Possible to use GPIO (G7) on TX2 as a serial/uart TX (only)?

Hi I have a GPIO (G7, TEGRA_AON_GPIO(V, 5) 277) on the TX2 broken out but I really need an additional UART TX (only, no RX).

I can’t use another one of the normal UARTs to become the necessary TX in my current config.

Is it possible to modify this GPIO pin to be used as a serial TX (Baudrate 115200) or am I stuck?

Any help greatly appreciated, thanks in advance!

hello aquavivafernandes_tx2,

please access TX2 Product Design Guide and check [Table 74. UART Pin Descriptions].
you may also refer to [Figure 46. UART Connections] to have alternative UARTs.

Even if you could use GPIO the ability to have properly timed I/O would be virtually impossible. The reliability would be close to zero. Use an actual UART. If you don’t have enough of the built in UARTs, then use USB serial UARTs.

I do think it is possible to use it as GPIO. The best option would be to write the code and execute it with the Cortex-R5 (SPE). This will give you the tightest possible control and very deterministic behavior. You would of course have to create a mailbox type system (or reuse something NVIDIA has) to communicate from your Linux kernel to the SPE.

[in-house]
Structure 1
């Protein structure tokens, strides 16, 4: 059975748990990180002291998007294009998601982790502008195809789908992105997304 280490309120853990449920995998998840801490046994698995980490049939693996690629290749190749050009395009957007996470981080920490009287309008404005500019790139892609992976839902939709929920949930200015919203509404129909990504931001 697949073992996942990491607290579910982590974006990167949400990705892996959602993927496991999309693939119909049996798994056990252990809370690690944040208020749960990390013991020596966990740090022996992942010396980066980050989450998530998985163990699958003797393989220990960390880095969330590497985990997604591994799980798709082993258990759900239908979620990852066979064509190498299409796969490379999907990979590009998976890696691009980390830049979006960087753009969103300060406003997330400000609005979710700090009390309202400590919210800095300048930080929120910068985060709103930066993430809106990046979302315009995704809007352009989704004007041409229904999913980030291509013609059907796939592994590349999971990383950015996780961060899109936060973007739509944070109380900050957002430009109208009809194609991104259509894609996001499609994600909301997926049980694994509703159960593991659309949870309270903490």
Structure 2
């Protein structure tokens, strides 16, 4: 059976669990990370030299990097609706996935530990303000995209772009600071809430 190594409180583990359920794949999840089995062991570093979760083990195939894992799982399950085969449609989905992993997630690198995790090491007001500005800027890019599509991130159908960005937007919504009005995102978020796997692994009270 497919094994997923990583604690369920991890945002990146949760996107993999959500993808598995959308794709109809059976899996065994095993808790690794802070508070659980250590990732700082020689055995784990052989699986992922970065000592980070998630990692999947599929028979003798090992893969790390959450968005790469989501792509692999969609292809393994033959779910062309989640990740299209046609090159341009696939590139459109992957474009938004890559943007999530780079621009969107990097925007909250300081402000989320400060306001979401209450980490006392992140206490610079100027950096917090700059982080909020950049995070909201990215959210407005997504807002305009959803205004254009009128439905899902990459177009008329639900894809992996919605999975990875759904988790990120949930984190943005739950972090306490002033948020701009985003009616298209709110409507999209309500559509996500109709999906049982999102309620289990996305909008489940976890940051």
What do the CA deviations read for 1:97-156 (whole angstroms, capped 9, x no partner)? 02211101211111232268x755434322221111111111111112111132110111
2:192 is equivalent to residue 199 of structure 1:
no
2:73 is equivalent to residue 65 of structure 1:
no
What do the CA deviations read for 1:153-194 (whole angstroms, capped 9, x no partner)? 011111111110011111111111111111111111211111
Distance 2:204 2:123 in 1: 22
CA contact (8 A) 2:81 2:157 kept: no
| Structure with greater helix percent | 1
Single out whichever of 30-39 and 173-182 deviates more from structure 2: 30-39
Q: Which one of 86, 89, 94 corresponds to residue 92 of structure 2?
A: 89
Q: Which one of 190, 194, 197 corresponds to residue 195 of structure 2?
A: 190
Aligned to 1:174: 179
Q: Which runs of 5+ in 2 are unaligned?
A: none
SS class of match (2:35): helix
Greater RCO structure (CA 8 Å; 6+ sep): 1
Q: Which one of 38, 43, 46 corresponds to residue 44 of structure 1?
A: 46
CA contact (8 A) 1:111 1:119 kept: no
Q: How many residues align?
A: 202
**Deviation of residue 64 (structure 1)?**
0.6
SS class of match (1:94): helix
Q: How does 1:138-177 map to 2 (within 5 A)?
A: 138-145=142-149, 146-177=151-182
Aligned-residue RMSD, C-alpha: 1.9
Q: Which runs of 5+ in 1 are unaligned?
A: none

Another option would be to write very tight code that executes with interrupts disabled on the Cortex-A57. I think this would be possible as well, if you are using the proper CPU core to do it and you don’t mind writing some ARM assembly. If you put some compiler directives around the code you might be able to stick to straight C code. You will definitely need to dive into the Parker TRM or study the existing tegra GPIO driver to understand how to do the low-level set and clear of the GPIO without relying on the existing kernel GPIO APIs. Having an understanding of the ARM instruction set and knowing how the C compiler generates the underlying assembly would be a definite plus for the task. If you don’t have that kind of expertise you would probably be better off paying someone else with the expertise. :-)

The one plus you have is you aren’t trying to do bit-bang UART RX.